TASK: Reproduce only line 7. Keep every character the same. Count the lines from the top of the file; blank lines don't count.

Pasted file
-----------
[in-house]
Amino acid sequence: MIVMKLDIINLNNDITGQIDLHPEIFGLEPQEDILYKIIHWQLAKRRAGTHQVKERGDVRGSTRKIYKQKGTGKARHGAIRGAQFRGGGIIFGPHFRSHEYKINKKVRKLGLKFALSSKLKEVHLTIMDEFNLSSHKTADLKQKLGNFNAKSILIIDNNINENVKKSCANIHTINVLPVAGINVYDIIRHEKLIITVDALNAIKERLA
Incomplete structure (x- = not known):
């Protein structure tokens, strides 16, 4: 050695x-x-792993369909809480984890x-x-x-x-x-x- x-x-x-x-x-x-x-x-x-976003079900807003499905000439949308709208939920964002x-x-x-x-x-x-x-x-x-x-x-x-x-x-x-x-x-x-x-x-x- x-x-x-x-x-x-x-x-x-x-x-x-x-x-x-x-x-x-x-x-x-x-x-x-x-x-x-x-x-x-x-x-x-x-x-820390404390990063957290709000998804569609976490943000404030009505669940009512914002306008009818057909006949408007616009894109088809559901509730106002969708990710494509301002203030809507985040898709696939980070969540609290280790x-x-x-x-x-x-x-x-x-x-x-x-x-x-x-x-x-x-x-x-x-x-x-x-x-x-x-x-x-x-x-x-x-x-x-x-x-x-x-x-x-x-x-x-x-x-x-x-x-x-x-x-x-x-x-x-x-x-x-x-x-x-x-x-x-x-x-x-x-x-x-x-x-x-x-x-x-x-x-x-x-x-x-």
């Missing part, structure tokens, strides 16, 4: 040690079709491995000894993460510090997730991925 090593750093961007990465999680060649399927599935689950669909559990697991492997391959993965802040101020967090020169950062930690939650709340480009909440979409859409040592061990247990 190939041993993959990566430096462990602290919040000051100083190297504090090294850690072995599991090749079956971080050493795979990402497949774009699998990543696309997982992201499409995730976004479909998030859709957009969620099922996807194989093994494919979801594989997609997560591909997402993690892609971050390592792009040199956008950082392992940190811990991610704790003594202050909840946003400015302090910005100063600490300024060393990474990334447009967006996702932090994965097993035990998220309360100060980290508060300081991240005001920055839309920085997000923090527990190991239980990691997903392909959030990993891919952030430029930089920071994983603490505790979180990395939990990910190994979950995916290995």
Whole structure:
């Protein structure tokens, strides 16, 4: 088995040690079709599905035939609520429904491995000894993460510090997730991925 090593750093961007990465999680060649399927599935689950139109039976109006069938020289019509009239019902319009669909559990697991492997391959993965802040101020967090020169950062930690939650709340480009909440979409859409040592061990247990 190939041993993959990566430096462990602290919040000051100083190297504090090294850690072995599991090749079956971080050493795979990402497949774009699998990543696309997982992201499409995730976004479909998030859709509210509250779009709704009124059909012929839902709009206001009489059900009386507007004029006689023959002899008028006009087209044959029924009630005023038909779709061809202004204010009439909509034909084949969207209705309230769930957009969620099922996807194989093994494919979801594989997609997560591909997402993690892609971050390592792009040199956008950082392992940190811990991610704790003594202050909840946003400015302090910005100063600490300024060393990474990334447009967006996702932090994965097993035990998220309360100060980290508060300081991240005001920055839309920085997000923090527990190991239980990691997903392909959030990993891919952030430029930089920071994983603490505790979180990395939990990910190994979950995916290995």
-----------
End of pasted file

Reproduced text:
């Protein structure tokens, strides 16, 4: 088995040690079709599905035939609520429904491995000894993460510090997730991925 090593750093961007990465999680060649399927599935689950139109039976109006069938020289019509009239019902319009669909559990697991492997391959993965802040101020967090020169950062930690939650709340480009909440979409859409040592061990247990 190939041993993959990566430096462990602290919040000051100083190297504090090294850690072995599991090749079956971080050493795979990402497949774009699998990543696309997982992201499409995730976004479909998030859709509210509250779009709704009124059909012929839902709009206001009489059900009386507007004029006689023959002899008028006009087209044959029924009630005023038909779709061809202004204010009439909509034909084949969207209705309230769930957009969620099922996807194989093994494919979801594989997609997560591909997402993690892609971050390592792009040199956008950082392992940190811990991610704790003594202050909840946003400015302090910005100063600490300024060393990474990334447009967006996702932090994965097993035990998220309360100060980290508060300081991240005001920055839309920085997000923090527990190991239980990691997903392909959030990993891919952030430029930089920071994983603490505790979180990395939990990910190994979950995916290995």